Music by Fats Waller
Concept by Murray Horowitz & Richard Maltby
Directed by Kent Gash
North Shore Music Theatre
Dunham Woods, Beverly MA / (978) 232 - 7200
Through June 18

Reviewed by Will Stackman

"Fats" is back! The musical legacy of composer and stride piano player Thomas "Fats" Walker is getting a gold-plated revival at North Shore Music Theatre. IRNE winner Kent Gash, Associate Artistic Director of the Alliance Theatre in Atlanta, who staged a memorable "Pacific Overtures" seen at NSMT, is reunited with Trinity's Joe Wilson Jr. from last year's award-winning "Top Dog/ Under Dog" and a four other dynamic performers for a high-energy upclose presentation of this perennial. Wilson displays singing and dancing abilities right up with his award-winning acting skills. Natasha Yvette Williams makes the role originally created by Nell Carter her own, and as she proved in "Abyssinia," her voice is better. World-traveler Monique L. Midgette, recently back from Hong Kong, and bubbly regional theatre performer, Idara Victor, show great range as well, getting laughs and evoking heartbreak as required. Bass baritone Ken Robinson came up from Atlanta with director Gash, having recently appeared in "Jelly's Last Jam." He' ll be doing working on an M.F.A. at Yale next year and would be welcome in any NSMT production. The sixth member of the ensemble is music director Darrell G. Ivey at the piano(s), who makes Waller's compositions come alive, and gets full-toned jazz and swing from a pit full of local jazz men.

The tunes in "Ain't Misbehavin'" range from the title song, done with Harry Brooks, lyrics by Andy Razaf to lesser-known wartime numbers like "The Ladies Who Sing With the Band" and "When Nylons Bloom Again," lyrics by George Marion, Jr. Some are songs that Waller made famous, like "Tain't Nobody's Biz-ness If I Do" (1922, Grainger & Robbins) or "Your Feet's Too Big" (1936 Benson & Fisher). What this revue makes abundantly clear is the enormous talent of "the mayor of Harlem" to create and perform enduring classics of jazz and swing. The insightfulness of the lyrics which accompany his tunes, including new material by Maltby, like "Lounging at the Waldorf" makes this show more than just a compilation of Greatest Hits. Gash's formal staging of Waller, Brooks & Razaf's "Black and Blue" near the end of the second act is true political theatre. And few who see this production will forget Wilson's stunning monodrama done to "The Viper's Drag."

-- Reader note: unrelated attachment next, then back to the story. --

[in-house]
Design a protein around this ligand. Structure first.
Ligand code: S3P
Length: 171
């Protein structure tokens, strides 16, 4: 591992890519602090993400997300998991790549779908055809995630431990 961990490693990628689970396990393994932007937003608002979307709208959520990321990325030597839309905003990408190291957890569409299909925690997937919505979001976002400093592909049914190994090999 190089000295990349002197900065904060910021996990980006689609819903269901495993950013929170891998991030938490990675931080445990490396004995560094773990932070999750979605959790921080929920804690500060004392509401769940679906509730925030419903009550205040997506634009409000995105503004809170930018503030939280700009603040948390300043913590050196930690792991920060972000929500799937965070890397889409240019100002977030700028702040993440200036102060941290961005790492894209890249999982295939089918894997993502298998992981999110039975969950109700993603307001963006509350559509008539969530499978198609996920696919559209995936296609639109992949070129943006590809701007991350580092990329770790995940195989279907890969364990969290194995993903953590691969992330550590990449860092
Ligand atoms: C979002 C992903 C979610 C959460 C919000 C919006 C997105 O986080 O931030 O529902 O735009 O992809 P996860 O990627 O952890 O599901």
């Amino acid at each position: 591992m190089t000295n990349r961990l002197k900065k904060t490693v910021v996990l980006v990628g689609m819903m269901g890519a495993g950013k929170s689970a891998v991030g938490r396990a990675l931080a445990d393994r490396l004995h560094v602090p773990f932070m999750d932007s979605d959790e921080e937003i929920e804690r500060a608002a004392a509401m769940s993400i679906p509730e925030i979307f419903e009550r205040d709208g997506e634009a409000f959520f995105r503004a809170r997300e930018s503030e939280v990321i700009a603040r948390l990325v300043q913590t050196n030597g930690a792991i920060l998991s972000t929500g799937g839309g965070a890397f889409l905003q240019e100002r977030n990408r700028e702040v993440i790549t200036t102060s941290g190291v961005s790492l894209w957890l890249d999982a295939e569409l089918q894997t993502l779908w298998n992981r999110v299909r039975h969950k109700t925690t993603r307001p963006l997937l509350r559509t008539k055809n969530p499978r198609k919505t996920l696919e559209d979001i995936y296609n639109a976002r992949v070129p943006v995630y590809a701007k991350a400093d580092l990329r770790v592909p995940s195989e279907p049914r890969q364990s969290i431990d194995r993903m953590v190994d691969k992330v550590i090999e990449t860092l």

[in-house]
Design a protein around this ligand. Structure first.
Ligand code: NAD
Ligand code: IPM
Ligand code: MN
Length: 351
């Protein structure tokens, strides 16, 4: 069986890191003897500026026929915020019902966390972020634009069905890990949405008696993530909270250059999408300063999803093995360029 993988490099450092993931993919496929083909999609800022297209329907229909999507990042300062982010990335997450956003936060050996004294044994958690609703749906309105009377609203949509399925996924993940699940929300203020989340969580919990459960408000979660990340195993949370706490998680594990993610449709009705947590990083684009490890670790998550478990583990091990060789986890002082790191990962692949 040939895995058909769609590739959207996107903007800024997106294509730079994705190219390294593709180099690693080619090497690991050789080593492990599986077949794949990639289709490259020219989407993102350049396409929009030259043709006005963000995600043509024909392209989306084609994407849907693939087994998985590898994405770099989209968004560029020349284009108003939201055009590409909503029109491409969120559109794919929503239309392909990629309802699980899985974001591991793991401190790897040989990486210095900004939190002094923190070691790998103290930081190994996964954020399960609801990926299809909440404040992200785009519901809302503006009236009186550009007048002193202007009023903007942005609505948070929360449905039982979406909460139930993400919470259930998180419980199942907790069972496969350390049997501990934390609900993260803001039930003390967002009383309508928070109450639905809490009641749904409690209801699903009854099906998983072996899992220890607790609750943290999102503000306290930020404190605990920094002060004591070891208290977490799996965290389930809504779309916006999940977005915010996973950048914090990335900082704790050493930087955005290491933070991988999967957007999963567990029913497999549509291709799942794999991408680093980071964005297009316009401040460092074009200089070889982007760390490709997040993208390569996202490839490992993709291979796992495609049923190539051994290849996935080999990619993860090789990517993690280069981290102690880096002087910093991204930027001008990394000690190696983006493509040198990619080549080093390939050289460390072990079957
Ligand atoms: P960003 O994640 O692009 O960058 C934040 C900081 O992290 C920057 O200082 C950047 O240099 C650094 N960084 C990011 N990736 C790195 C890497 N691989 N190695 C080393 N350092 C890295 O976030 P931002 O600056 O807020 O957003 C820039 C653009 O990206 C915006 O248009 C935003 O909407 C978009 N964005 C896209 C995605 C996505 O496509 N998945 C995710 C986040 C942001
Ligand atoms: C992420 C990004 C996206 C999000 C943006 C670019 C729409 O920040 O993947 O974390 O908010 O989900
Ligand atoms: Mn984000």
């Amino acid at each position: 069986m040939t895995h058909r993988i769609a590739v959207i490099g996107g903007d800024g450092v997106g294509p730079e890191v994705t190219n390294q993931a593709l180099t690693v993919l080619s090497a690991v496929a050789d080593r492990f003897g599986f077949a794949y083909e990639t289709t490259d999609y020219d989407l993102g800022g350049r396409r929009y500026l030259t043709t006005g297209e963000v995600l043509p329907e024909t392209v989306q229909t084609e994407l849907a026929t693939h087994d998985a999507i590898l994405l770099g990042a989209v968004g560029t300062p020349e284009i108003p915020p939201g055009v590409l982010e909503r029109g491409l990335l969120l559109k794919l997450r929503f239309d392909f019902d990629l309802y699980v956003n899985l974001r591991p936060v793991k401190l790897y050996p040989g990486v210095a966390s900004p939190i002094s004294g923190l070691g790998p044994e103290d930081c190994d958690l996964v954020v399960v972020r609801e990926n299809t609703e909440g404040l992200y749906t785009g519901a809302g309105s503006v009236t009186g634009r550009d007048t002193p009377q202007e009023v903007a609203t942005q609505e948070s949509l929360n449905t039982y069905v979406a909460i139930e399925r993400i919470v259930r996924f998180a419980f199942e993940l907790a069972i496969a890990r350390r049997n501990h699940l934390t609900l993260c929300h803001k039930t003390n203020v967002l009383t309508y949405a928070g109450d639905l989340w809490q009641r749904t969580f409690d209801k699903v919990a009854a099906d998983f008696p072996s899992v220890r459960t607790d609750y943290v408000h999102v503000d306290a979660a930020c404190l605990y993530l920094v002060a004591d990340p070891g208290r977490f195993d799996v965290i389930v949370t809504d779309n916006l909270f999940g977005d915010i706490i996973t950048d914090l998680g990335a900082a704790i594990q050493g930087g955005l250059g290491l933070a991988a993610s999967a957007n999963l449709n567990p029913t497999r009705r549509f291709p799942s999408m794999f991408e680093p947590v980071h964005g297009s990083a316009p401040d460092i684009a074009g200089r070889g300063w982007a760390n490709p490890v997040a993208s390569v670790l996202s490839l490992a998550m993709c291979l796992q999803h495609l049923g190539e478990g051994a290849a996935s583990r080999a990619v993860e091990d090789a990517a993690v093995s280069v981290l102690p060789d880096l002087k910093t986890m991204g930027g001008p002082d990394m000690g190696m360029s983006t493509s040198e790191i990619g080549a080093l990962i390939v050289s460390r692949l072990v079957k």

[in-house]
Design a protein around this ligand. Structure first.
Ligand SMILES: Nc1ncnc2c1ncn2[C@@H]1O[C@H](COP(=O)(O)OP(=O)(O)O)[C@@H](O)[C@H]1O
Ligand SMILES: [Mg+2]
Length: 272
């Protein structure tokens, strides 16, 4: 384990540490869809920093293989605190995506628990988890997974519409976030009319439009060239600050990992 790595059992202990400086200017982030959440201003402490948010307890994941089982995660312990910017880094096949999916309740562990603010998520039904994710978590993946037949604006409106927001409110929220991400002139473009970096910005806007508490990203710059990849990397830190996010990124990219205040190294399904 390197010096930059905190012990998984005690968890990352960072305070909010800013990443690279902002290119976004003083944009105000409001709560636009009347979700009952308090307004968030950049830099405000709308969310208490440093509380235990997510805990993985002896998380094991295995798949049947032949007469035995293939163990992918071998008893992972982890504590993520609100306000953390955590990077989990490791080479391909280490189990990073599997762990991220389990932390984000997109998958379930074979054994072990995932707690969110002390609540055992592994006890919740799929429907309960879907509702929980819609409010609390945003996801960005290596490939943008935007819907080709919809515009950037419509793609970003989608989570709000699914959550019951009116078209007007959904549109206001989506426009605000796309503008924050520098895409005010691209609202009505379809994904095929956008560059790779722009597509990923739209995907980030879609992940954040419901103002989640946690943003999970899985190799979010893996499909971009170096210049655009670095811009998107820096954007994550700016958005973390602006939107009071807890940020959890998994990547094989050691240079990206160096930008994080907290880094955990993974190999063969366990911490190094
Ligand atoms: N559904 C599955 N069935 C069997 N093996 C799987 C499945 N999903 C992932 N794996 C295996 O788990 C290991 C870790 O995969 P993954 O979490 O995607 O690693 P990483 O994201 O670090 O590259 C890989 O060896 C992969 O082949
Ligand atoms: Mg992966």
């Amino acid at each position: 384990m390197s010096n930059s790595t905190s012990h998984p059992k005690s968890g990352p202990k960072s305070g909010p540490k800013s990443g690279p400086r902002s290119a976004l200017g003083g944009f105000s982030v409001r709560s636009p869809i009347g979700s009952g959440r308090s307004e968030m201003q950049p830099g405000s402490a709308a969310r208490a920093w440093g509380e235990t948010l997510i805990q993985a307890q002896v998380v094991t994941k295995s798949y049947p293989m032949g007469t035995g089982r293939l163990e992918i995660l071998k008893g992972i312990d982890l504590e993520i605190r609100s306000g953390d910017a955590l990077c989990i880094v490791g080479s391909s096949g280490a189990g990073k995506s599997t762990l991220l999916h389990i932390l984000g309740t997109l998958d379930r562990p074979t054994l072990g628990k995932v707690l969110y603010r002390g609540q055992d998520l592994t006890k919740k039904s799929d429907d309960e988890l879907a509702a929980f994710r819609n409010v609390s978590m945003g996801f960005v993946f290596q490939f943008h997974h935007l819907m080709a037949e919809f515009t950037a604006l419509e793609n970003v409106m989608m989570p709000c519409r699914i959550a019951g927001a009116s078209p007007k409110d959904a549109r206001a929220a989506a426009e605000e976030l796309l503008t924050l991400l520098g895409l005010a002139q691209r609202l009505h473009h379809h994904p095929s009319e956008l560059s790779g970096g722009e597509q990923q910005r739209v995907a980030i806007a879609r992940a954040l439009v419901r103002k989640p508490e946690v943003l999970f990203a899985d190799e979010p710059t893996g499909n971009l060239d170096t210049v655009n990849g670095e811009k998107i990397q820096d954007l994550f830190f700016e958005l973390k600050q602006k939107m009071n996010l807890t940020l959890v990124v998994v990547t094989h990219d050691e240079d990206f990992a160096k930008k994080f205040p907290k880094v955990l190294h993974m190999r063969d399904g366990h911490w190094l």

This is a show to keep coming back to, and definitely not another "jukebox" effort. If anything Waller's music and his treatment of lyrics, from those of his most notable partner, Andy Razaf, to standards he recorded still sound fresh and true. Gash's staging is innovative--especially Wilson's Act One exit, and his spectacular entrance in Act Two. Emily Beck's formal setting combined with William H. Grant III's lighting are striking as is the sassy look of Austin K. Sanderson's colorful costumes. In NSMT's arena, one number flows into another, with great audience contact. With today's tendency to run certain shows forever, it's surprising that this collation hasn't got a permanent home somewhere. It can of course be done very simply.

North Shore Music Theatre has been honored over the years for multiracial casting and including predominately Black shows in their seasons, like last falls _Abysiniia_ in conjunction with Goodspeed, or their support for Speakeasy_s bid to present the New Englandpremiere of _Caroline or Change._ It's unfortunate that inner-city audiences aren't likely to get out to see "Ain't Misbehavin'" in large numbers. It's also unfortunate that the considerable North Shore audience doesn't make it into Boston very often, except via charter buses to big box shows in the theatre district. "Caroline or Change" has been extended at the BCA, but even in Boston's traditional multiracial South End, audiences have been predominantly older and white. Jamaica Plain's venerable Footlight Club is opening a multicultural version of the 1995 "Hot Mikado," the redone version of a show Billy Rose created to star Bill Robinson in the late '30s. They'll probably be able to attract a mixed audience from their neighborhood, but won't get much attention citywide for such efforts. Too many other recent productions, both legitimate and musical have made no special effort either to encourage minority casting or to reach out for a wider audience. One notable exception was a recent road-trip by the Hovey Players of Waltham who took their twelve member "Midsummer Nights' Dream" into the new Arts center in Dudley Sq., Roxbury to help celebrate its opening in the renovated Hibernian Hall. Two of the shows were done midmorning to accommodate middle school audiences. The rest of the summer doesn't look so hopeful, though TheatreZone over in Chelsea is doing an outdoor "Rhinocerous" in both English and Spanish--in alternate nights--working with local actors and their core company.

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